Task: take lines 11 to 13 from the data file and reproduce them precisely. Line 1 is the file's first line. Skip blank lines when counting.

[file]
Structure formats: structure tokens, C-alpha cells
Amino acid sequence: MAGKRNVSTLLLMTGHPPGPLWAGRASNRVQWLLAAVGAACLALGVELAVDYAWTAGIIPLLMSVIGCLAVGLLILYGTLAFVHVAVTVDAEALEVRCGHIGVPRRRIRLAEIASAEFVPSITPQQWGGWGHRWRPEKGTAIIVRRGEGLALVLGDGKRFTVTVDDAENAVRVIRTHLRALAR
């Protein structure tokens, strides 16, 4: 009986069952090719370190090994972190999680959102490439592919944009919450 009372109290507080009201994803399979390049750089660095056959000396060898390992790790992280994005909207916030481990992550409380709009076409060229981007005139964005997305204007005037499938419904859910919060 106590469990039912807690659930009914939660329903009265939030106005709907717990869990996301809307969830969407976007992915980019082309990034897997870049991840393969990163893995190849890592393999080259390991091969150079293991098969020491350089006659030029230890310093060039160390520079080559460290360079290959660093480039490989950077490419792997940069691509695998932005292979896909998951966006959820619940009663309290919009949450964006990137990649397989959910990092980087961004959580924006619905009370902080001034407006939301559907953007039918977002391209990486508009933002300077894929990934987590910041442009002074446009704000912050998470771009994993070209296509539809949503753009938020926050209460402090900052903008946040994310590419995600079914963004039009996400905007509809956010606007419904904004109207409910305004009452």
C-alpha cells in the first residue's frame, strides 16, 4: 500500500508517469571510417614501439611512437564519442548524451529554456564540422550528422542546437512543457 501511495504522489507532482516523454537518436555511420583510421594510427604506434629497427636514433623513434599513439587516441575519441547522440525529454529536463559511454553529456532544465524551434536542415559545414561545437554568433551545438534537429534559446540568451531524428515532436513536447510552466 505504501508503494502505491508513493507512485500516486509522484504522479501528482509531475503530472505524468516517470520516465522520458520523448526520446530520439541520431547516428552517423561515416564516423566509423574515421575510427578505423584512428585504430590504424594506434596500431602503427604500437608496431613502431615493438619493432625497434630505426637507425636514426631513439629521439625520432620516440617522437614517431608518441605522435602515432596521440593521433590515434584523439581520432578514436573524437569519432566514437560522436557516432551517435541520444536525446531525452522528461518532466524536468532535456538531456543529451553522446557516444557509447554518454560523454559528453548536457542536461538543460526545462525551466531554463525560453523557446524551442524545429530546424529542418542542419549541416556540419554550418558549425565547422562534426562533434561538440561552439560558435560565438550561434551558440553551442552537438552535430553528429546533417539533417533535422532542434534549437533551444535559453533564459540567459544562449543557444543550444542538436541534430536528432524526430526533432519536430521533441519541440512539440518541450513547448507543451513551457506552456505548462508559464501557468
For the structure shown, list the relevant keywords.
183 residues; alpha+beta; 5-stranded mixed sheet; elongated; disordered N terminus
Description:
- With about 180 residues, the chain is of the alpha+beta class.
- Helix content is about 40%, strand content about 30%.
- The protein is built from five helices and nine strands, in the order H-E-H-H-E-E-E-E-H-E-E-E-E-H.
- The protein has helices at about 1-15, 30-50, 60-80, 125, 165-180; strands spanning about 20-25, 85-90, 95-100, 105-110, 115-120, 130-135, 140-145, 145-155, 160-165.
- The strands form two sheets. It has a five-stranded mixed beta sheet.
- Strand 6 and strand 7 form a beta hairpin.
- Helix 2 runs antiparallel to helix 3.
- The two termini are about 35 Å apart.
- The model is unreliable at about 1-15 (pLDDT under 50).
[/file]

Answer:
- The protein has helices at about 1-15, 30-50, 60-80, 125, 165-180; strands spanning about 20-25, 85-90, 95-100, 105-110, 115-120, 130-135, 140-145, 145-155, 160-165.
- The strands form two sheets. It has a five-stranded mixed beta sheet.
- Strand 6 and strand 7 form a beta hairpin.